Yesterday, Seda shared her experience coming out to herself and to her partner. Today, she discusses the relatively recent process of coming out to friends, neighbors, and the world:
Thus began the most intense and challenging six months of my life. Through it all, Kristin and I stayed connected. We gave each other empathy, and cried in each other’s arms. We talked long into the night, almost neglecting the kids, in our efforts to stay connected, to understand and be understood. We both read all we could, and developed support networks online and, for Kristin, from the PPLP. I found a therapist who specializes in gender dysphoria, and surrendered my business for a job with our city’s planning department. And gradually, we began coming out to friends and neighbors.
This was a scary time because we were new in our neighborhood, yet the neighborhood was ideal for our kids. At least six of our neighbors have children near our own kids’ ages, and the kids play in a pack during the summer, moving from house to house and yard to yard throughout the day. We didn’t know how many of them would accept us and allow their kids to continue to play with ours. The burden of coming out with our neighbors fell mostly on Kristin’s shoulders, because we wanted to allow our neighbors to respond as they saw fit and it seemed that that would give them more leeway and comfort.
The next-door neighbors on one side came from Silverton, Oregon, where they just elected the first openly transgendered mayor in the nation. No problem.
On the other side, the wife/mom works for the Women’s Center at the local university. She immediately came to embrace me and say she wished she’d been getting to know me better.
A neighbor across the street said her cousin was transgendered.
We were completely embraced by our neighbors, and found, if anything, we were closer and more connected than before. We did lose a couple of friends who lived across town and could not reconcile their religious beliefs with the reality of a transwoman friend, but nearly everyone accepted me, and most came to say they like me better as a woman.
But the coming out process was not over, and now it was my turn.
My father died that summer, and in the fall I drove back to the ranch in Wyoming with my brother. I planned to come out to him during the drive. All through the states of Oregon and Idaho and half of Montana, I sat beside him, stewing on it almost constantly, finding any little excuse to put it off. Finally, on a long stretch of lonely interstate, I screwed up my courage and said, “I’ve got to tell you something really important about myself.” “What,” he responded, joking. “Don’t tell me, you’re gay.” “Not quite. The truth is, I’m a woman.” He was flabbergasted, and spent the rest of the drive trying to convince me I was mistaken. But that Christmas, he gave me two pairs of earrings he’d made himself.
At the ranch, I told my mom. She’s a Christian Scientist, and she looked at me and said, “Your identity is intact, and it doesn’t depend on gender.” I got up and hugged her.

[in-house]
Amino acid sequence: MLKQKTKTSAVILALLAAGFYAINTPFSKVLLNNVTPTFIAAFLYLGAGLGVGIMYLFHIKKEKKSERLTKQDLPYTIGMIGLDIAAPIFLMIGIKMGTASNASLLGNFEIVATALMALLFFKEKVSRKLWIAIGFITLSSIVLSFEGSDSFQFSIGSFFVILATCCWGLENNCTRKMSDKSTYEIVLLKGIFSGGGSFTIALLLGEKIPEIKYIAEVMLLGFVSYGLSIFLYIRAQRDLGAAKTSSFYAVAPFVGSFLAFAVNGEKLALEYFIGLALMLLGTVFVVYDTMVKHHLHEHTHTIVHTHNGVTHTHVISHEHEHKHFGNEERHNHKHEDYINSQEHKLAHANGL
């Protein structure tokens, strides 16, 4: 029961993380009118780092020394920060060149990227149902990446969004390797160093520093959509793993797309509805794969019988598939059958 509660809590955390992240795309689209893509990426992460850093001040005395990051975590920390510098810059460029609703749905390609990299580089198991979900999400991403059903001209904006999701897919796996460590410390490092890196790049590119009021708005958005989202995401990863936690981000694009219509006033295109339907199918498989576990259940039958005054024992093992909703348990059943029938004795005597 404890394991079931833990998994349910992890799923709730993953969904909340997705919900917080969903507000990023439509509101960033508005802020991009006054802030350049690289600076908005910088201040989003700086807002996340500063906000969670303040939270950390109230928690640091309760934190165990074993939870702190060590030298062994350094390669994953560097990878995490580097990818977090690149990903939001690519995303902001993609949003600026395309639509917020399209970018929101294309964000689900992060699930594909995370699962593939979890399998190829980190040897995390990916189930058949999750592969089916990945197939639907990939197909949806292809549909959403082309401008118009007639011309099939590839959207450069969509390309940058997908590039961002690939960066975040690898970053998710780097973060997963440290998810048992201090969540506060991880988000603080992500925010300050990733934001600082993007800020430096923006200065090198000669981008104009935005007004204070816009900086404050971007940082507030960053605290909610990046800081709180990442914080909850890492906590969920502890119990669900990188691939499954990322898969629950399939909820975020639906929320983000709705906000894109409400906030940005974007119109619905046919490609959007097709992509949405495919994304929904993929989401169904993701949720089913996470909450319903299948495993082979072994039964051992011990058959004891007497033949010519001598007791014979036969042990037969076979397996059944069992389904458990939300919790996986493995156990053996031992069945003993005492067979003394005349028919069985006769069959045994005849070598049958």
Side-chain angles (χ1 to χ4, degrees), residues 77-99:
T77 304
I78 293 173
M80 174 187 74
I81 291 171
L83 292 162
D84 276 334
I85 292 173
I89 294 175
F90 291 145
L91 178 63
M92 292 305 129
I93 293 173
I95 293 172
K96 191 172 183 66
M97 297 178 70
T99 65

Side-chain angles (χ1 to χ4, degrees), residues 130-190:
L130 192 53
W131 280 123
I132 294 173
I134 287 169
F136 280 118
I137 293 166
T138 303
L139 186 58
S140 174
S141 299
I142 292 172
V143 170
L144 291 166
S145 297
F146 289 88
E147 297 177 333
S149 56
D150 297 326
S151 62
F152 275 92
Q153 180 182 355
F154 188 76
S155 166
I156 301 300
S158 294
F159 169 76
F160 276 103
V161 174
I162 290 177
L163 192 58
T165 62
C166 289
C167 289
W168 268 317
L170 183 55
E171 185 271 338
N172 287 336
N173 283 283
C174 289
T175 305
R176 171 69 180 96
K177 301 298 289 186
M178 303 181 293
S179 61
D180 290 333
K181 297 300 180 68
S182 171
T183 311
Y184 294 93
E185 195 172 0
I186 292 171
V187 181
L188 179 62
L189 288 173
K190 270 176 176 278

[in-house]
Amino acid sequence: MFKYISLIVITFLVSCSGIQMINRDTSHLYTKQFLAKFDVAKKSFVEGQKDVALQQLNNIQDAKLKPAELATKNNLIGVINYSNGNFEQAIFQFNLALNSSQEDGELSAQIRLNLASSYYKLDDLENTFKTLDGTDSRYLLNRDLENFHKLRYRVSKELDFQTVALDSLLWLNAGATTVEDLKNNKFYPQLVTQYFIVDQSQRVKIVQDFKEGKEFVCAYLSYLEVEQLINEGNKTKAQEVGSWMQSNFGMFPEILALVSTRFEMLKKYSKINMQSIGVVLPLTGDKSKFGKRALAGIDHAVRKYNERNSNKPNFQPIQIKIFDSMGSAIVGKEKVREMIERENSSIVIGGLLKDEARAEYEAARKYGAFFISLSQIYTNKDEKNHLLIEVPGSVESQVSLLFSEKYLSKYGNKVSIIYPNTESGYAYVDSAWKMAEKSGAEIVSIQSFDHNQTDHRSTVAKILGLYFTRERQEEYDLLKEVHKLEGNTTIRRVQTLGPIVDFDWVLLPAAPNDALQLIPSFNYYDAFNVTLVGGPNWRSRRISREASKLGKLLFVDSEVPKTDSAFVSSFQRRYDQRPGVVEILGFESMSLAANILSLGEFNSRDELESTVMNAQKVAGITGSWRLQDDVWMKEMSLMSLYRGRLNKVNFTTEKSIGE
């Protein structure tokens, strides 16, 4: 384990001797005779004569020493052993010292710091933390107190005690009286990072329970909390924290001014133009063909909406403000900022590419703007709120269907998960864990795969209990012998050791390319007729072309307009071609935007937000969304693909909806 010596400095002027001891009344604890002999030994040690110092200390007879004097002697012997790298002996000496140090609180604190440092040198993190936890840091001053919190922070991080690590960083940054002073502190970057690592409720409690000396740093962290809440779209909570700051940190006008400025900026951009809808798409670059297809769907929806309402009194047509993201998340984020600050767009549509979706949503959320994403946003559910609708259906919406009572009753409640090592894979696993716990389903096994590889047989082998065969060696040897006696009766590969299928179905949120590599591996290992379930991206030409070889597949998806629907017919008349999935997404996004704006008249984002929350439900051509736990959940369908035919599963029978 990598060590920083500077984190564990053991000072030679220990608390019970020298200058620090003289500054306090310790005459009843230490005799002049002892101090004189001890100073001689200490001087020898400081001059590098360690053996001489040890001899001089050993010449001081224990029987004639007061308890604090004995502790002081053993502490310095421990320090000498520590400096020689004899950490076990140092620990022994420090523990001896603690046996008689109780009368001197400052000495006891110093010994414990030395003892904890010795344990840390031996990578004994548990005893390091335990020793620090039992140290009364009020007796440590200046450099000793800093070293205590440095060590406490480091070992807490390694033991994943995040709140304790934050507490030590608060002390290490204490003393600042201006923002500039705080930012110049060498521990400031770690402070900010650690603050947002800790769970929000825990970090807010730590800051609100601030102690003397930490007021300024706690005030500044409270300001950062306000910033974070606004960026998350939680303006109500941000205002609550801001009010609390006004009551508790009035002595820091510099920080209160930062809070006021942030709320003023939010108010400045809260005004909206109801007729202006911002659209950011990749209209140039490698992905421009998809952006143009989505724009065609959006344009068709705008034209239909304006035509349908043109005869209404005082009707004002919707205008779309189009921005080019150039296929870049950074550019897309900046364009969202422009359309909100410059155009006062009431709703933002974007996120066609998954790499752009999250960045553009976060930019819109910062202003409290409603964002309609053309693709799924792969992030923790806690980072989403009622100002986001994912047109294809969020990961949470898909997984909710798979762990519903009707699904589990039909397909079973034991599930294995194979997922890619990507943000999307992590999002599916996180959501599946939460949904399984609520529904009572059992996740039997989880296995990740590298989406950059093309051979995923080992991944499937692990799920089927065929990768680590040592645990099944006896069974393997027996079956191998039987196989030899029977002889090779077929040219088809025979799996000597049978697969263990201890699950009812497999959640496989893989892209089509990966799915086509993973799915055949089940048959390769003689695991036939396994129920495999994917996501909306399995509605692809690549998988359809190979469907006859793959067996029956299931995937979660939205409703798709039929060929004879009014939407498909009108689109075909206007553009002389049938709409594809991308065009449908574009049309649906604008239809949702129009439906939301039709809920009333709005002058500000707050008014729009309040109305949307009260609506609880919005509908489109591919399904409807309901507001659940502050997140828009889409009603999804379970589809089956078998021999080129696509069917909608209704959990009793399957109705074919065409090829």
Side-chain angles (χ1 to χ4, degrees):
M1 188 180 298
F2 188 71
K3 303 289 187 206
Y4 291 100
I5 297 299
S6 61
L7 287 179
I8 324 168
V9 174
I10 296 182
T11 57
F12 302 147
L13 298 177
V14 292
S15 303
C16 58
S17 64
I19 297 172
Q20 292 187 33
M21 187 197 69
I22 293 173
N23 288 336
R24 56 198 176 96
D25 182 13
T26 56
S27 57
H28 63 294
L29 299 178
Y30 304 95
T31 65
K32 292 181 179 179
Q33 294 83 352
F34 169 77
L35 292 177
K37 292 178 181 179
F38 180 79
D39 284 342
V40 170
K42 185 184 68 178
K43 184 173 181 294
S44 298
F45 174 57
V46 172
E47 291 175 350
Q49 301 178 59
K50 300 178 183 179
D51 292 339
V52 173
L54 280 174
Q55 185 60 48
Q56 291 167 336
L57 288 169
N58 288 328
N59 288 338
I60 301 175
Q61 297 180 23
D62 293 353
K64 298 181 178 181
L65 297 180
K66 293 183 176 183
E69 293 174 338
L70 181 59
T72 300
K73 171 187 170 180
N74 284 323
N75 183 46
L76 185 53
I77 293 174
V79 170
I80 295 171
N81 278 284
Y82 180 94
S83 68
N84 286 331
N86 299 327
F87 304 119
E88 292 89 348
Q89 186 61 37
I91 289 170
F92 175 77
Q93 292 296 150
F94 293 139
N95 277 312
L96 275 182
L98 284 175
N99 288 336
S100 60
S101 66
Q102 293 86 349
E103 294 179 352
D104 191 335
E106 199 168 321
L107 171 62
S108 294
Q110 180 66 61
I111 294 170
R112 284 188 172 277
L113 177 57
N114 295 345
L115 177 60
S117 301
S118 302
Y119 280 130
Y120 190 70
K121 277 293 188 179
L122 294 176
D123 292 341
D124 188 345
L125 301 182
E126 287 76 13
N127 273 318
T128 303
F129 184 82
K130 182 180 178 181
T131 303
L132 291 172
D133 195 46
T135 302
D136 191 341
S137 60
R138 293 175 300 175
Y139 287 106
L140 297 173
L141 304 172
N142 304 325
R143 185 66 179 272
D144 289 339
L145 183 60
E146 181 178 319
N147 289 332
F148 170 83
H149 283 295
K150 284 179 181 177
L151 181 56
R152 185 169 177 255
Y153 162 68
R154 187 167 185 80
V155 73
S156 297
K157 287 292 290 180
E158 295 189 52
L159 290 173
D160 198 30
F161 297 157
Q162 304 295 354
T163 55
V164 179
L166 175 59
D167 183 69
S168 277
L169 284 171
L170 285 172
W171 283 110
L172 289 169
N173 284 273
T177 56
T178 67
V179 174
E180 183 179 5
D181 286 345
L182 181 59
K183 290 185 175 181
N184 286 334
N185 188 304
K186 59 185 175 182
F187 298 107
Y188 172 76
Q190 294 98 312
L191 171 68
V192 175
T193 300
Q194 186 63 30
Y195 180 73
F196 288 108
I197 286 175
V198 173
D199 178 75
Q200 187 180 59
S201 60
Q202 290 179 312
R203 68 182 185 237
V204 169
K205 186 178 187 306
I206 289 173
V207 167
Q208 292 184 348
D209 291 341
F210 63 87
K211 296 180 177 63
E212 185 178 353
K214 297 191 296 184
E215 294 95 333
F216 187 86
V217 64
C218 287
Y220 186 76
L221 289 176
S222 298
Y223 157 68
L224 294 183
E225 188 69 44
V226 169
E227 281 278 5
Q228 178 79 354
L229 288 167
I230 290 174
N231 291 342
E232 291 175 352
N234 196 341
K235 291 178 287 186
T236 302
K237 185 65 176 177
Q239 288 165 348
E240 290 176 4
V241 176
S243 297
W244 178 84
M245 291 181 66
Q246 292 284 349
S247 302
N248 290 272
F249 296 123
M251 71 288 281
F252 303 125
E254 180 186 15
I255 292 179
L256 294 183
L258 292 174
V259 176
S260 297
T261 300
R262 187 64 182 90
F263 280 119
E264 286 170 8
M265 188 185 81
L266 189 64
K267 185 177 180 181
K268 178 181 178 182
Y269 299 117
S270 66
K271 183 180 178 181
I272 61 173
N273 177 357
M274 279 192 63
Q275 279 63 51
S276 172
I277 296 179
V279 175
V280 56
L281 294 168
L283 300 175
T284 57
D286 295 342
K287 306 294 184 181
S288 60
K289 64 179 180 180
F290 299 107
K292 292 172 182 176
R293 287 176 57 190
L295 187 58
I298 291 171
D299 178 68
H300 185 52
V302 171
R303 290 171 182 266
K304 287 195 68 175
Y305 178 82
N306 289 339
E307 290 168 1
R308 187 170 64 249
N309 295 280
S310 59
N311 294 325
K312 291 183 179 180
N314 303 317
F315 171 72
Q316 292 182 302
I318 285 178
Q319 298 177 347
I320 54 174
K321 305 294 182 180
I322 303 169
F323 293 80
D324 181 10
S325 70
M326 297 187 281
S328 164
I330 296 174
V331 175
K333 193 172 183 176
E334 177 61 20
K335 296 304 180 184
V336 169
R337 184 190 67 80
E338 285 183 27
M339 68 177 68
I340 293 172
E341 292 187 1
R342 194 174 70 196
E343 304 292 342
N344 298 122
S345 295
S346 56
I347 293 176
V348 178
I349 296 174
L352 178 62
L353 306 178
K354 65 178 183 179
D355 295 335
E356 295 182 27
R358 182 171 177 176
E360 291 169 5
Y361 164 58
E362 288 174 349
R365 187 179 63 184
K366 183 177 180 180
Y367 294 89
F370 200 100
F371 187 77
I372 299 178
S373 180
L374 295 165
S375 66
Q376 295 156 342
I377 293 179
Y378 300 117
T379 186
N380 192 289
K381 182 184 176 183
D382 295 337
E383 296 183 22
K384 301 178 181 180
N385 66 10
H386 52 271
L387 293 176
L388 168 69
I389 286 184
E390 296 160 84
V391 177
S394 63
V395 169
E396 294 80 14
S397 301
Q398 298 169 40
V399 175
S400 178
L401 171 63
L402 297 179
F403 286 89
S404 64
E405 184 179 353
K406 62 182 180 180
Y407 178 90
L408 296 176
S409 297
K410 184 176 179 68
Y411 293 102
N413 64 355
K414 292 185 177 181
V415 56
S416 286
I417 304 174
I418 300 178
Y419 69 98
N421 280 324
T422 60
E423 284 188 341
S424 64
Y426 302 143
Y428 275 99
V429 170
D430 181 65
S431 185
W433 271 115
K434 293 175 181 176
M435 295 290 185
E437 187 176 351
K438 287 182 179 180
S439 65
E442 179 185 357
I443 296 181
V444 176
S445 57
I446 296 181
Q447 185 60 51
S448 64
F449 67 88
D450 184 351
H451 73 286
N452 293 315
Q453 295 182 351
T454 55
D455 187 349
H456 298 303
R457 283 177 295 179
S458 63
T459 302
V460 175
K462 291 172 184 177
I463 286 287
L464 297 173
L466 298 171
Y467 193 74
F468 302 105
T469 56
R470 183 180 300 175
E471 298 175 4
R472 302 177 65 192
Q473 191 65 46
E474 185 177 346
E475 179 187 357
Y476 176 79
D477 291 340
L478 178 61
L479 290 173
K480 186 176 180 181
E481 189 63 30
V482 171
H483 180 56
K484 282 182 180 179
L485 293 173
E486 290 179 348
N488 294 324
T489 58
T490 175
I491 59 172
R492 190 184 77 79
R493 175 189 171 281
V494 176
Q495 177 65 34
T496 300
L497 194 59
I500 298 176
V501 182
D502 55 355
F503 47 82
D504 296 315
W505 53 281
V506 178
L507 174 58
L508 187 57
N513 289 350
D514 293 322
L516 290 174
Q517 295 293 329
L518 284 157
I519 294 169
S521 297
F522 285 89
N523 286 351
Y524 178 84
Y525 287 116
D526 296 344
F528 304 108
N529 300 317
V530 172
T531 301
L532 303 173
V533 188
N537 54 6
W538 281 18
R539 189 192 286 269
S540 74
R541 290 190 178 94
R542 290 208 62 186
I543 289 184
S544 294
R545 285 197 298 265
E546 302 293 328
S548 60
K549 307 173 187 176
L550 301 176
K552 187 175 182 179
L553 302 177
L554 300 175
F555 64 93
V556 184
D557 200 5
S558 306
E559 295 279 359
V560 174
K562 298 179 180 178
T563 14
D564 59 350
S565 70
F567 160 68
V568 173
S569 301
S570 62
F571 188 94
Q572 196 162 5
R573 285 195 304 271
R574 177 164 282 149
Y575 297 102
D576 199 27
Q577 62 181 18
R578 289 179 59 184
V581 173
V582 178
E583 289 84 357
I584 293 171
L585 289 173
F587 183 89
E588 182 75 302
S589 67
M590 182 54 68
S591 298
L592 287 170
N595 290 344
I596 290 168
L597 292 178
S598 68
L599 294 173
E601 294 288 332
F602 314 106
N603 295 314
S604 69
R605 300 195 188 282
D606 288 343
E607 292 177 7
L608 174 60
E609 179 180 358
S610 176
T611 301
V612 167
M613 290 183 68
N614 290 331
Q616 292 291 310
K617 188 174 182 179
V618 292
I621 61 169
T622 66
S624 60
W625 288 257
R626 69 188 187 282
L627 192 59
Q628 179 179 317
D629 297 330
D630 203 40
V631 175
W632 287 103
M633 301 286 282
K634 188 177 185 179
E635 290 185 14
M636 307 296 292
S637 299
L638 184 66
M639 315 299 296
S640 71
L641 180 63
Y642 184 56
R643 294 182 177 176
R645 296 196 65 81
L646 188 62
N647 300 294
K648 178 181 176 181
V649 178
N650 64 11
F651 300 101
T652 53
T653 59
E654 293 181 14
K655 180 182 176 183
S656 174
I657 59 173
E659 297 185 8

My mother-in-law was shocked at first, and none too friendly. But after several months and a visit, she decided she likes me better as Seda, and our relationship is better than before.
Click here for my coming-out-at-work story.
All that remained was coming out to my kids. We did that after Christmas 2006, about the same time I started hormone therapy. They were six and three at the time. My eldest is fascinated with science, so we put it in terms of clownfish and parrotfish, both of which sometimes change sexes naturally. We told them that I’d always felt like I was a woman inside, and I was now going to start the process of changing, including dressing as a woman. Sam took it in effortlessly. For him, it was the same absurdity that everything is at that age, and was just something else new. Trin, the elder, drew a very sad face.
“What’s wrong?” Tears in his eyes, he replied, “Now that she’s a woman, Maddy won’t want to wrestle anymore.” Assurances that I would, indeed, continue to enjoy our wrestling matches comforted him. In the summer of 2008, I overheard him talking about me with one of his friends. “Don’t you miss having a dad?” his friend asked. “No. I like her better as a woman,” he replied.
As a transwoman, I don’t have the choice of being invisible that most gay and lesbian people do. The choice to present as I feel I am, instead of as society assigned me to be at birth, makes coming out into a continuous and very visible affair. I get strange looks, sometimes sneers, and the occasional weird proposition, like the time the woman said to me, “Two bucks to look under your skirt.” Nevertheless, I have found an incredible power in coming out. The courage to be who you are in the face of a society that disapproves gives others the same courage – and it changes minds as it crushes stereotypes and biases. But even beyond the social impact, and probably more important, is the personal impact – the way that coming out interacts with your deepest internal being. Coming out is social power – and it is also spiritual power.
I would like to thank Seda for sharing her story in Fannie's Room. Coming out takes courage, especially later in life when one's life and identity are already "established," so to speak. I share the sentiment of commenters here in that I too seek to better understand the experiences of our transgender brothers and sisters.